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7 Feb 2024

Behind the scenes in winter: Falkland Palace

Behind the scenes: Falkland Palace


1 speaker: Ashley Turner

My name is Ashley Turner.
I am a conservation architect and I work for the National Trust for Scotland as a Regional Building Surveyor for the Edinburgh & East region.
I'm here today at Falkland Palace.

Being a building surveyor at the Trust, it varies day on day and it varies property by property.
Quite often a Monday morning can start with a phone call from a property.
An issue has become apparent over the weekend and you have to go out to assess what has caused that and come up with a plan to address the issues.
Then, more generally, we undertake a rolling programme of surveys to identify where there are maintenance deficits with the buildings and where we can focus our efforts to make sure that the buildings are well looked after.

We're looking at some of the ancillary structures on the grounds.
That includes a Victorian glasshouse.
We are working with local craftsmen, Laing Traditional Joinery.
It's a family business, and they have worked for the National Trust for Scotland for two generations now and are experts at what they do.
So, we're working with them to identify areas of decay on the glasshouse, and they're working through a project to restore that at the moment.
That has been going on now for about 6 months and has been supported by funding through Historic Environment Scotland.

We're in the process of planning some work to the Tapestry Gallery.
Over the past number of months, given the extreme weather that we've been having in Scotland, we've noticed an increase in rainfall, which is finding its way into the Tapestry Gallery.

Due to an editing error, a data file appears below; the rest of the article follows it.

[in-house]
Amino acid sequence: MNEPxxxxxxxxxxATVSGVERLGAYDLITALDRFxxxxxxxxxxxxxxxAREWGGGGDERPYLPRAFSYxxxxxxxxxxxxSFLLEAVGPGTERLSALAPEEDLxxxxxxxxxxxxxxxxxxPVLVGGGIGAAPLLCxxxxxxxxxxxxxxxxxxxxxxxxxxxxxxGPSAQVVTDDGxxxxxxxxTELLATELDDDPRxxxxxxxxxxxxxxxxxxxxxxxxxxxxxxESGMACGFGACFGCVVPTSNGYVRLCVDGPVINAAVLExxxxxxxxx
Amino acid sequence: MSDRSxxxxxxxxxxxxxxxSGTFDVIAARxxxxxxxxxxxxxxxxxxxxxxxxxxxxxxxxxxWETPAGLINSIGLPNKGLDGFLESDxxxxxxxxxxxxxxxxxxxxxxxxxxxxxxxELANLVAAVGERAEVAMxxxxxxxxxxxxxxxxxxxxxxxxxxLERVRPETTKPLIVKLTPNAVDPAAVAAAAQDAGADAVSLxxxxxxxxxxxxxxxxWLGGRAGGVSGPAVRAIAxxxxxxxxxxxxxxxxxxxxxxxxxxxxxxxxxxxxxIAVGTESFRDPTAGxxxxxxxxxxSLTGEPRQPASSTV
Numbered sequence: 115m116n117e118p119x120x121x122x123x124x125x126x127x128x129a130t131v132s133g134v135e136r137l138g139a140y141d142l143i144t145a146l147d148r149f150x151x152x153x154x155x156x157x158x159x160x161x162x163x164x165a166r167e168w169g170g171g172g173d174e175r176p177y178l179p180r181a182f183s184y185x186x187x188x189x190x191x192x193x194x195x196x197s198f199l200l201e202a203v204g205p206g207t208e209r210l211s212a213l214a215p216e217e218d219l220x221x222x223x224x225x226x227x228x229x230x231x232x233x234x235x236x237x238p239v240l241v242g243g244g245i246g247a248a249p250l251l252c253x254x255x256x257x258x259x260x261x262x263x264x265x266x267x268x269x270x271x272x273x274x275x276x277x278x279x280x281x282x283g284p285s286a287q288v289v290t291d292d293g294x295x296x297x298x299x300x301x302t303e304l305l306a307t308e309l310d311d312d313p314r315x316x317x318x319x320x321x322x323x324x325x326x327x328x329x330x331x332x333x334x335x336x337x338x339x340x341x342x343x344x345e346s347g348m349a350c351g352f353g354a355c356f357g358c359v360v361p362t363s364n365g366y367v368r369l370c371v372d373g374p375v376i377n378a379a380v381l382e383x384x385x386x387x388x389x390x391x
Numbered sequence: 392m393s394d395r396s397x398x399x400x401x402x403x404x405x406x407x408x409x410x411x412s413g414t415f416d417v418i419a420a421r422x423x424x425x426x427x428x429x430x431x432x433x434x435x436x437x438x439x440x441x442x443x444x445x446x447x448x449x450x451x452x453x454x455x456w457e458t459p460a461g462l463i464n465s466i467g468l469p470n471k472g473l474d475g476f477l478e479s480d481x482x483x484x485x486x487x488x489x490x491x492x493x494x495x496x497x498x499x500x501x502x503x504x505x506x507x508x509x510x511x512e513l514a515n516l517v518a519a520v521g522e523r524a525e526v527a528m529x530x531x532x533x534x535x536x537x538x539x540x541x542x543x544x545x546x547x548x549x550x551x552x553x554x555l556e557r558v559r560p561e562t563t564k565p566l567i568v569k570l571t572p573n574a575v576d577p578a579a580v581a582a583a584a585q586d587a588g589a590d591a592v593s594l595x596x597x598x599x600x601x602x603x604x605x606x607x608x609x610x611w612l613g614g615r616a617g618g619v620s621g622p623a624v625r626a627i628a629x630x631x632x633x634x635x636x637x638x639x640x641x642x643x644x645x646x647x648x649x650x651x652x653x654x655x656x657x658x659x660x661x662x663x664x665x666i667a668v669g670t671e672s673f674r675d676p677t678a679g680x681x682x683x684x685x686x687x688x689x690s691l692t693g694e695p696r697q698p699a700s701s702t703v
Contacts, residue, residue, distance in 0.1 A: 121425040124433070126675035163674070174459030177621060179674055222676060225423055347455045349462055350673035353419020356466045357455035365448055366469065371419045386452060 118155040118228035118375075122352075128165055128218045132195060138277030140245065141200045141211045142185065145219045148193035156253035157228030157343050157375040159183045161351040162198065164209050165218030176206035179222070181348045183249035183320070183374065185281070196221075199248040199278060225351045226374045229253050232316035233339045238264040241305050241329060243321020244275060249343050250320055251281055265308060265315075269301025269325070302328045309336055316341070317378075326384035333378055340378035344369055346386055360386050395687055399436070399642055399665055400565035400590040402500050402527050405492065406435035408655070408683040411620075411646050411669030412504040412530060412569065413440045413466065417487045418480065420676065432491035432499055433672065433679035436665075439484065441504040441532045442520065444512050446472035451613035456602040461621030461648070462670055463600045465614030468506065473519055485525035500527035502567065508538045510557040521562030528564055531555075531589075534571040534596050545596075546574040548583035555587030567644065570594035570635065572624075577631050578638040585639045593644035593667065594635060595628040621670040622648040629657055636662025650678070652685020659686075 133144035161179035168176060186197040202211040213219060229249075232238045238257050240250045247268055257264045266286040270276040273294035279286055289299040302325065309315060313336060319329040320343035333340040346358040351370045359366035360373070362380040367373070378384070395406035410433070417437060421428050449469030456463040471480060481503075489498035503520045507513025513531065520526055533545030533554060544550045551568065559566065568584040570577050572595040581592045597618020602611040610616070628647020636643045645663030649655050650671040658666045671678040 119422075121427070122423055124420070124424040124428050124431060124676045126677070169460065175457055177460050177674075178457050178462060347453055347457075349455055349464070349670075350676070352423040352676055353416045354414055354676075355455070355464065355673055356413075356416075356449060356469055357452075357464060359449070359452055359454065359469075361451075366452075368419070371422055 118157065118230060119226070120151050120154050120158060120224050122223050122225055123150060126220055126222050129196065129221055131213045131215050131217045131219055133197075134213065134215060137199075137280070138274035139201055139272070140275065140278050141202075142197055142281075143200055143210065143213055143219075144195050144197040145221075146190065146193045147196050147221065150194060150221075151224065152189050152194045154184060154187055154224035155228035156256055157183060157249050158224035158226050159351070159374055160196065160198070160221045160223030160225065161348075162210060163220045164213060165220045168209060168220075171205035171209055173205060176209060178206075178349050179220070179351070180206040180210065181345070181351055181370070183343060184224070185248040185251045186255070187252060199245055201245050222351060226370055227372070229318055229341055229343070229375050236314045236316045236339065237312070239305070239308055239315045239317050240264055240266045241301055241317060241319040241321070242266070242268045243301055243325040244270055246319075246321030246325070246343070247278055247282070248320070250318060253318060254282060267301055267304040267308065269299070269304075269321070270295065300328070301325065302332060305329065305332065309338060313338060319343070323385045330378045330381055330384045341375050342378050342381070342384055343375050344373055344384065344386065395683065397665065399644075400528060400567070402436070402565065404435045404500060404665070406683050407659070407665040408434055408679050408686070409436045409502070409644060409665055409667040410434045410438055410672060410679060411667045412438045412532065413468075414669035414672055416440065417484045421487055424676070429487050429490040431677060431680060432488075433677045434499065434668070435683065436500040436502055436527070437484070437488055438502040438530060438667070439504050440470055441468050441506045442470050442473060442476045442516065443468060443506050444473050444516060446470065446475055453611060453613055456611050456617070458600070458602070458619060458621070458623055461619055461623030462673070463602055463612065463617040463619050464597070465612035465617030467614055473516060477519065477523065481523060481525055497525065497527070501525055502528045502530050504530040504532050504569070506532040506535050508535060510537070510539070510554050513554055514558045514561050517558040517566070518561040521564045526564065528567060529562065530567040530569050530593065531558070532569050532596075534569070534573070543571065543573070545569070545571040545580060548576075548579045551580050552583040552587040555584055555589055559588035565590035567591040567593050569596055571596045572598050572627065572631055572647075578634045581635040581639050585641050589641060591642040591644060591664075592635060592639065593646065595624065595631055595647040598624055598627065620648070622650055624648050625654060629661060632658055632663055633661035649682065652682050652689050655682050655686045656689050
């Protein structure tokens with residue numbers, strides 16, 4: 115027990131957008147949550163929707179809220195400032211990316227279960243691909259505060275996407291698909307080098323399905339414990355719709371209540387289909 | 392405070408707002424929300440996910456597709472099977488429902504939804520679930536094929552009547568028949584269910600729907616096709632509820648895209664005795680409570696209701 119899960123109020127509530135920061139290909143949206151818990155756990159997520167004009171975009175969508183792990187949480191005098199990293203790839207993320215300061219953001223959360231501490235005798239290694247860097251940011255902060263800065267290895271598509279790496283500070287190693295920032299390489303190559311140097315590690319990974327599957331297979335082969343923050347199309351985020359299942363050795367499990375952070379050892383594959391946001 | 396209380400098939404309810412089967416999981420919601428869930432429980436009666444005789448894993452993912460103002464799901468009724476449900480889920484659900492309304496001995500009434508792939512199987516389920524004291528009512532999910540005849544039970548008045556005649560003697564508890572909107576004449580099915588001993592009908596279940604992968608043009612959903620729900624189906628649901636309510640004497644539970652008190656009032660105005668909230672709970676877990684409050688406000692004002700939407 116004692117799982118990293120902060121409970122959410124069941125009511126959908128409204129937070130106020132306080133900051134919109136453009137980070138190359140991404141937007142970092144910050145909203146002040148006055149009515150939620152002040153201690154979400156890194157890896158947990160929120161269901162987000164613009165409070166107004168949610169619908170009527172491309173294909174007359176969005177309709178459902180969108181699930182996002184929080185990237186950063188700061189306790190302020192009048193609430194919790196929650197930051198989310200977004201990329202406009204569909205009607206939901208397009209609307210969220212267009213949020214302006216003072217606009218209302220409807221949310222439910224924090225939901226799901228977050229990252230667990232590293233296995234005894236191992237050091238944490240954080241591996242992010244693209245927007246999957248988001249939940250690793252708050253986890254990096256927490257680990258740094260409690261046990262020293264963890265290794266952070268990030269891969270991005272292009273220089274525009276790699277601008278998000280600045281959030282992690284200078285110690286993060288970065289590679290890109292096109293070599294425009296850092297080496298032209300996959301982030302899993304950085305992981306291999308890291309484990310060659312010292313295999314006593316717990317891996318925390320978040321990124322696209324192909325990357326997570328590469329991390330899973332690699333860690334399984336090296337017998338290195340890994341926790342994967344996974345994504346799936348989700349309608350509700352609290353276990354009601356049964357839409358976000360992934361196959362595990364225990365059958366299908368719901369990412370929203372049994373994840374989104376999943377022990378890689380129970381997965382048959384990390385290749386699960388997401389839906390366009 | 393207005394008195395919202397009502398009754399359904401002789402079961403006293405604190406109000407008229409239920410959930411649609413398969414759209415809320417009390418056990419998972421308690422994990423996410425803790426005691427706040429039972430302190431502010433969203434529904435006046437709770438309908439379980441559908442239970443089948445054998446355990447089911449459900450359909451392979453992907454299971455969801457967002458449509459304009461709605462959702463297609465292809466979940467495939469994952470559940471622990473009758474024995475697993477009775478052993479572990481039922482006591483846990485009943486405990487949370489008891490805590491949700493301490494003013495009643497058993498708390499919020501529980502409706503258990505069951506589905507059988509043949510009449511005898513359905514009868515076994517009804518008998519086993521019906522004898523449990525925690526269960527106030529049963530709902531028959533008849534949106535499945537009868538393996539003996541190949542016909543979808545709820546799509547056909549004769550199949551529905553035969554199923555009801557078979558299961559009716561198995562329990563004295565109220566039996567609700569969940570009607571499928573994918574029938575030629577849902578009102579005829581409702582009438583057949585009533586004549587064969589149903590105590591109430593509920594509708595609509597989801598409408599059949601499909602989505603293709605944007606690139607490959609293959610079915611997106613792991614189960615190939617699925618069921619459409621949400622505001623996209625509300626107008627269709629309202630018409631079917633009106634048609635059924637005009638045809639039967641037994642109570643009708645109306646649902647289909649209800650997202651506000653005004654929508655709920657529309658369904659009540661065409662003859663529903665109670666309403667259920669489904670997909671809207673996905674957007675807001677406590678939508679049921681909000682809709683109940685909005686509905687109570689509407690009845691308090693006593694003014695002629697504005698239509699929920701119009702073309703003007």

So, we're planning some work at the moment to address the issues with the external envelope by undertaking roof maintenance and looking at the masonry.

We're able to care for places like this because of your support, so thank you.

Here is the third in our series of short films this winter that give a snapshot of the conservation work taking place all year round.

With increasingly extreme weather events, the importance of year-round conservation work becomes ever more prominent. Our Regional Building Surveyor for Edinburgh & East shares some of the work that goes into caring for our precious buildings.

We are enormously grateful to our supporters for making this work possible – thank you!

Some of our building conservation activity at Falkland has also been made possible by Historic Environment Scotland (HES), most recently through its Partnership Fund. This funding is enabling our charity to undertake a programme of conservation maintenance at numerous sites around the country, use technology to better understand our built structures, and invest in further training and skills development.

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Please note that permission for drone flying was granted by the National Trust for Scotland. Please contact for recreational and commercial drone filming enquiries.